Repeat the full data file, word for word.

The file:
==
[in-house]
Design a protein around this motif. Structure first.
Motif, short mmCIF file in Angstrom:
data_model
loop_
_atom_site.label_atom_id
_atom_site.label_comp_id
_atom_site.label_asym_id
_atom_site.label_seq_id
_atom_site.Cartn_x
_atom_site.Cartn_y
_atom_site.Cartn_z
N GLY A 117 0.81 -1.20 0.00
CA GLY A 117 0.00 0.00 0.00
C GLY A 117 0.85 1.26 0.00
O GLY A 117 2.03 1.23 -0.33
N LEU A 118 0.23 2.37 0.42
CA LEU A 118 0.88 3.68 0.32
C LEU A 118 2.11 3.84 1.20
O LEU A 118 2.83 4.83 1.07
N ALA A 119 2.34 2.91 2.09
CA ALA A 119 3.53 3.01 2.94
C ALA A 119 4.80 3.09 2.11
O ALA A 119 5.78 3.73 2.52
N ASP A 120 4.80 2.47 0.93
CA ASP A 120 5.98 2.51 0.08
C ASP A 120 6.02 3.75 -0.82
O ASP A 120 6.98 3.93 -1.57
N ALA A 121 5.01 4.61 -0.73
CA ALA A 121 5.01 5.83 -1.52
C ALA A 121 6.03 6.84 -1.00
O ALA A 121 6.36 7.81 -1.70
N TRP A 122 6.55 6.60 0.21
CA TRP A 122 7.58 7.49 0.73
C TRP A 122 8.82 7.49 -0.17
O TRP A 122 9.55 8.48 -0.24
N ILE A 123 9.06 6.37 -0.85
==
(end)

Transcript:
[in-house]
Design a protein around this motif. Structure first.
Motif, short mmCIF file in Angstrom:
data_model
loop_
_atom_site.label_atom_id
_atom_site.label_comp_id
_atom_site.label_asym_id
_atom_site.label_seq_id
_atom_site.Cartn_x
_atom_site.Cartn_y
_atom_site.Cartn_z
N GLY A 117 0.81 -1.20 0.00
CA GLY A 117 0.00 0.00 0.00
C GLY A 117 0.85 1.26 0.00
O GLY A 117 2.03 1.23 -0.33
N LEU A 118 0.23 2.37 0.42
CA LEU A 118 0.88 3.68 0.32
C LEU A 118 2.11 3.84 1.20
O LEU A 118 2.83 4.83 1.07
N ALA A 119 2.34 2.91 2.09
CA ALA A 119 3.53 3.01 2.94
C ALA A 119 4.80 3.09 2.11
O ALA A 119 5.78 3.73 2.52
N ASP A 120 4.80 2.47 0.93
CA ASP A 120 5.98 2.51 0.08
C ASP A 120 6.02 3.75 -0.82
O ASP A 120 6.98 3.93 -1.57
N ALA A 121 5.01 4.61 -0.73
CA ALA A 121 5.01 5.83 -1.52
C ALA A 121 6.03 6.84 -1.00
O ALA A 121 6.36 7.81 -1.70
N TRP A 122 6.55 6.60 0.21
CA TRP A 122 7.58 7.49 0.73
C TRP A 122 8.82 7.49 -0.17
O TRP A 122 9.55 8.48 -0.24
N ILE A 123 9.06 6.37 -0.85